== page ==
Clinton and the Bloggers

CHICAGO - We’re at the second annual YearlyKos convention, where liberal bloggers have convened with excitement that almost all the Democratic presidential candidates are courting them in person on Saturday.

This was quite the coup, since a year ago at the first Kos convention, only one current Democratic presidential candidate, Bill Richardson, showed up. (Former Virginia Gov. Mark Warner, Gen. Wesley K. Clark, and Gov. Tom Vilsack — who were considered potential 2008 Democratic candidates at the time — were also in attendance.)

But now there’s a new twist.

The candidates are coming to speak on stage to the roughly 1,500 people here and then take questions in individual break-out sessions, which will have room for about 200 people each.

Senator Hillary Clinton, Senator Barack Obama and former Senator John Edwards are among those coming. And, it seemed, they were all participating in the break-out sessions.

While they are all still coming for the main show, it turns out that Senator Clinton is not attending the break-out session. Her campaign says it told the Kos organizers a week ago that she would not be attending the individual session, but the organizers did not announce it until tonight, at the opening dinner. The announcement drew big boos from the audience.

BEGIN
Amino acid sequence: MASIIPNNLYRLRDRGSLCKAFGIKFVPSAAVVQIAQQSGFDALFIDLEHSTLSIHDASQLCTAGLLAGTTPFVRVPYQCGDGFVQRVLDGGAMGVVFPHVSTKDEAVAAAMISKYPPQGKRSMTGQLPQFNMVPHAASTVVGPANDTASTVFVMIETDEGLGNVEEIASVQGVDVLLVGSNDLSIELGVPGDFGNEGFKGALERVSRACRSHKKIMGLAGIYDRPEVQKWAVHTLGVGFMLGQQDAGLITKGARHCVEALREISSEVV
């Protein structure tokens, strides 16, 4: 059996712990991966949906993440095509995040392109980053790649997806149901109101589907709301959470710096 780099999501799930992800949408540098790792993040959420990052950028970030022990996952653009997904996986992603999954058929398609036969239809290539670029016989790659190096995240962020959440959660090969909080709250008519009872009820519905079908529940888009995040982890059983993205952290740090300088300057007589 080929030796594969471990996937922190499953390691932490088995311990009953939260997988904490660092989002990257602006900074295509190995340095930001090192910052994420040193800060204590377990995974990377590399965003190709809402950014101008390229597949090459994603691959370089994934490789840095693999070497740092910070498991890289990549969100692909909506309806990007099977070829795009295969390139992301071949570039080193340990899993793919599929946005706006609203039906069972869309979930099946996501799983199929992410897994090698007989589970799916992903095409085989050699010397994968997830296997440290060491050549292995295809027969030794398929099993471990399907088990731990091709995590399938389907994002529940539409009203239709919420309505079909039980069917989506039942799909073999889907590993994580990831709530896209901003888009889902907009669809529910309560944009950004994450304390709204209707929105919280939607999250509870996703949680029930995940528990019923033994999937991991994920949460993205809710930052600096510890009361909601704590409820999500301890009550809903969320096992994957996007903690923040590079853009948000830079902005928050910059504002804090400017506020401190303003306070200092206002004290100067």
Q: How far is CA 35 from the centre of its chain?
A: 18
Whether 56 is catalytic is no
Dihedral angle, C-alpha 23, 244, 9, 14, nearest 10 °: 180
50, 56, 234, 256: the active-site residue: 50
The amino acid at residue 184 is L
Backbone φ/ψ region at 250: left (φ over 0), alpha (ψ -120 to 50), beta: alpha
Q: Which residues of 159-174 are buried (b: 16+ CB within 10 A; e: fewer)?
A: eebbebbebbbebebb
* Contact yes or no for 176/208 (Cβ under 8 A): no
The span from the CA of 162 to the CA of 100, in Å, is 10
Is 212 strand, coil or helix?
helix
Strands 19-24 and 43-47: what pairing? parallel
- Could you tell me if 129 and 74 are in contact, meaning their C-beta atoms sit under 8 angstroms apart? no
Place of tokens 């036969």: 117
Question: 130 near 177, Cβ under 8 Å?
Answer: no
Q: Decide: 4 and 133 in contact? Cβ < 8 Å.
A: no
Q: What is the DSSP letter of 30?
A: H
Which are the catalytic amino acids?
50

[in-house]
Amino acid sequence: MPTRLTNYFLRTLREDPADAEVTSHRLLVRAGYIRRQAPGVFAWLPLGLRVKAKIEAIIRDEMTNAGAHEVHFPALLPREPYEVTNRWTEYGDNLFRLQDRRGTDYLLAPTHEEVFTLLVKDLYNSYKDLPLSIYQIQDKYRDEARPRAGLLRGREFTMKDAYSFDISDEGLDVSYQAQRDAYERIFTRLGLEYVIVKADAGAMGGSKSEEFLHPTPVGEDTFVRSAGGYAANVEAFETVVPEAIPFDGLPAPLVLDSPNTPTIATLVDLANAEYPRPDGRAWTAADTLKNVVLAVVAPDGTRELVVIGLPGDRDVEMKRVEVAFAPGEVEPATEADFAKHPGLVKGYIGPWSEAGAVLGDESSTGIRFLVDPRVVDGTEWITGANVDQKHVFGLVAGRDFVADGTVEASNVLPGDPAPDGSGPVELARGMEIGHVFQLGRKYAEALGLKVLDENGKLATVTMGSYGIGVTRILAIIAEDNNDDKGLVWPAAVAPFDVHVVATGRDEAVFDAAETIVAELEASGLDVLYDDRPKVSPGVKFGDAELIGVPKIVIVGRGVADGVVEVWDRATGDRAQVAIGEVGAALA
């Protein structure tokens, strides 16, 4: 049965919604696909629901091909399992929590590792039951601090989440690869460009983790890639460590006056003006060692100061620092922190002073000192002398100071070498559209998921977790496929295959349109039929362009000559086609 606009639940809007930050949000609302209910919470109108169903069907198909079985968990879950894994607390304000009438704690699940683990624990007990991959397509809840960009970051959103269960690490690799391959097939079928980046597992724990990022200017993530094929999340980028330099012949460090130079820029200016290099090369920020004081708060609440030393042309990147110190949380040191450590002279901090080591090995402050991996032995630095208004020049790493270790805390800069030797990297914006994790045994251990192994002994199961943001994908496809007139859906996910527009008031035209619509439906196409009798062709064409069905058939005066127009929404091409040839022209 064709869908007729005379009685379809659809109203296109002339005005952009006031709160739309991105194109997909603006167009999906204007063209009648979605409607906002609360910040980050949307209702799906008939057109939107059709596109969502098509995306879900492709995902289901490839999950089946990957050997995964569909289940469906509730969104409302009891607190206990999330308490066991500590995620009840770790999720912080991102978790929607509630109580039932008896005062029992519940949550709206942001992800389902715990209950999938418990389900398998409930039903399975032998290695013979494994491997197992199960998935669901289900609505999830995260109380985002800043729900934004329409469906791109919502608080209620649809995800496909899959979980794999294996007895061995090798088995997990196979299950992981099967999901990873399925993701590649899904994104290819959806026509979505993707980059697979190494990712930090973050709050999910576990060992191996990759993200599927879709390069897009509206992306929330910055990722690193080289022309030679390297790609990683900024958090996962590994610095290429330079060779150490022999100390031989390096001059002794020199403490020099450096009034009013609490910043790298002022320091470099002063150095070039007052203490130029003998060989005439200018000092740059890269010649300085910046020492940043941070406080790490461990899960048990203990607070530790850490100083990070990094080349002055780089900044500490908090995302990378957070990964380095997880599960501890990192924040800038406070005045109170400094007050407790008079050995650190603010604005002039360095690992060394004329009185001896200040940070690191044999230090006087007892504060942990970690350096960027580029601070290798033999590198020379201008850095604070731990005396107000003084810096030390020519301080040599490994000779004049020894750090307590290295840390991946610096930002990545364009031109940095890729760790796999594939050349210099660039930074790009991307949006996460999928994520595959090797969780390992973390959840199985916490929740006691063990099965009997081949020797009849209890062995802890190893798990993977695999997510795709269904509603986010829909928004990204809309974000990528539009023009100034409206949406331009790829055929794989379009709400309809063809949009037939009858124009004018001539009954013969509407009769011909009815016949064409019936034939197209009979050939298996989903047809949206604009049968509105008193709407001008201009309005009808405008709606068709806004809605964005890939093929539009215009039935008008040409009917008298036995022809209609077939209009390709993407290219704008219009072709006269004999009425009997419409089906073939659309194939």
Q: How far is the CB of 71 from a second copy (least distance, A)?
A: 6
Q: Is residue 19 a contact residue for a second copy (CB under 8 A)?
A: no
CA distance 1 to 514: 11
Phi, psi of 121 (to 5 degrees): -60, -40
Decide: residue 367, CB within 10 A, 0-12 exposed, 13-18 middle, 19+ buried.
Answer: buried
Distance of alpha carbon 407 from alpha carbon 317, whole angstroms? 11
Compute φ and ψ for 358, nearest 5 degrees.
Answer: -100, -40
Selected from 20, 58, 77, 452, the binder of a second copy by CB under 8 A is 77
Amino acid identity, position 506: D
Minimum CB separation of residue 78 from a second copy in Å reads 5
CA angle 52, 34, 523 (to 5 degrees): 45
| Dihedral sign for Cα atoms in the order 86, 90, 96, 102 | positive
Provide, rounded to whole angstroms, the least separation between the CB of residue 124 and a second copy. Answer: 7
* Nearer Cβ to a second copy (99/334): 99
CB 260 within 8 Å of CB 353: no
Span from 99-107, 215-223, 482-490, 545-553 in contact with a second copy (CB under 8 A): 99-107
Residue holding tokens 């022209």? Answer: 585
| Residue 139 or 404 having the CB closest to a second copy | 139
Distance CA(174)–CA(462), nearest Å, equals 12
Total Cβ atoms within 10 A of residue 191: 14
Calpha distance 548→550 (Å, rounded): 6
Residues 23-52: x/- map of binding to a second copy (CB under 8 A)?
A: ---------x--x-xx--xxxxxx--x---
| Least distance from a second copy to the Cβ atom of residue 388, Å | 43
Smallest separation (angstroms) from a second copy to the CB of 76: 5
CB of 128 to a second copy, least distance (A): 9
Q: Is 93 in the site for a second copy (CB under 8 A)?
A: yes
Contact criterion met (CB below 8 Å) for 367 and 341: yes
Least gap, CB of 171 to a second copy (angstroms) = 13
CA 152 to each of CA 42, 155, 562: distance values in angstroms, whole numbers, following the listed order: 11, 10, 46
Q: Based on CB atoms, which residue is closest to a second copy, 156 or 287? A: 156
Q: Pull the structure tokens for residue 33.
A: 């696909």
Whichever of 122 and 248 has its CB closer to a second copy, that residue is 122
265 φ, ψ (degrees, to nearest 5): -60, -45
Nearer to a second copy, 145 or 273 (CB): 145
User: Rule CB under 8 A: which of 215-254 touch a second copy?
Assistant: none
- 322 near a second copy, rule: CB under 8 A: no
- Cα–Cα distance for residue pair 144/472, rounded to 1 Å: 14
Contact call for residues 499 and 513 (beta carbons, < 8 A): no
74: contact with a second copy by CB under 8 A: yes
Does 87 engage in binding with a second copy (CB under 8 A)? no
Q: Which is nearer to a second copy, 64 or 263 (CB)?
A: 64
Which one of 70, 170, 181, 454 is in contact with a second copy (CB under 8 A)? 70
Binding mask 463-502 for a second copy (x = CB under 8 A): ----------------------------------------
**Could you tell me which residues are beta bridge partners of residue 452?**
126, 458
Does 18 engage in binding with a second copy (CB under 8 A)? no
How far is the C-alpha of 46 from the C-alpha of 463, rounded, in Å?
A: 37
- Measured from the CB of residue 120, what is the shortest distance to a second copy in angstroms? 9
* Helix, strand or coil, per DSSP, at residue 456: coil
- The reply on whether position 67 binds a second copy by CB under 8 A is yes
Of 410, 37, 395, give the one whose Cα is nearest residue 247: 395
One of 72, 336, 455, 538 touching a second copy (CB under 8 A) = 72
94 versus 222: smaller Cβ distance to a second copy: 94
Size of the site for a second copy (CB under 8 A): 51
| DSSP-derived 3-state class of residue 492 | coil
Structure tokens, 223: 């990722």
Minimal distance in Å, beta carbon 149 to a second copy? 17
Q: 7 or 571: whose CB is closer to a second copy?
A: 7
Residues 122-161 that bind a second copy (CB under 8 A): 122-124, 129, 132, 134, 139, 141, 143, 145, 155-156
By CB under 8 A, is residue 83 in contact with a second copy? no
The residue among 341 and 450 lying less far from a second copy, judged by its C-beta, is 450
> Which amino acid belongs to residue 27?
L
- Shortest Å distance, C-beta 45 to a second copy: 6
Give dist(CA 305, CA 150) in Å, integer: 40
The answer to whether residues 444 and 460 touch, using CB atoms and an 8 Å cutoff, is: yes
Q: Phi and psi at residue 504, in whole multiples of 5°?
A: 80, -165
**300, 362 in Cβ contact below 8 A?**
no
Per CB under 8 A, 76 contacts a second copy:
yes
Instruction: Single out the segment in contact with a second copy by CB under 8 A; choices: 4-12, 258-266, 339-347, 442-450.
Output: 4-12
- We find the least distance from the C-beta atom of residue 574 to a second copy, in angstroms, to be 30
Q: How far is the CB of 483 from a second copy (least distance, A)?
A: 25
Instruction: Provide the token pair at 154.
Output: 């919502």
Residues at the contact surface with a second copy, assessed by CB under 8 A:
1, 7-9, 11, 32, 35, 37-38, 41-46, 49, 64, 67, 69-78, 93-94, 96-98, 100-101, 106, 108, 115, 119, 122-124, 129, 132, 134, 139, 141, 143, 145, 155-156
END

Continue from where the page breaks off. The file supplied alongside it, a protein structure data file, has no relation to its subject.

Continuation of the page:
But hey, this is a tough crowd. Later in the evening, they booed Mother Teresa.

Update, to clarify: Here is a much-needed explanation about the booing of Mother Teresa that I should have provided earlier in the original post from the Kos conference: It was a passing reference to a light remark made by the emcee of a trivia quiz. One of the quiz questions was to identify three people in the 20th Century whom Congress had named as honorary United States citizens. When the emcee, Adam C. Bonin, offered her name as one of the correct answers, there was some booing and groaning because almost no one had guessed it. Mr. Bonin laughed that this might be the only crowd to boo Mother Teresa, but he was
making appropriate light of the unusual circumstance that booing was taking place in conjunction with a mention of Mother Teresa. The crowd was not dissing Mother Teresa herself. Hope this clarifies.

sources: http://www.nytimes.com/

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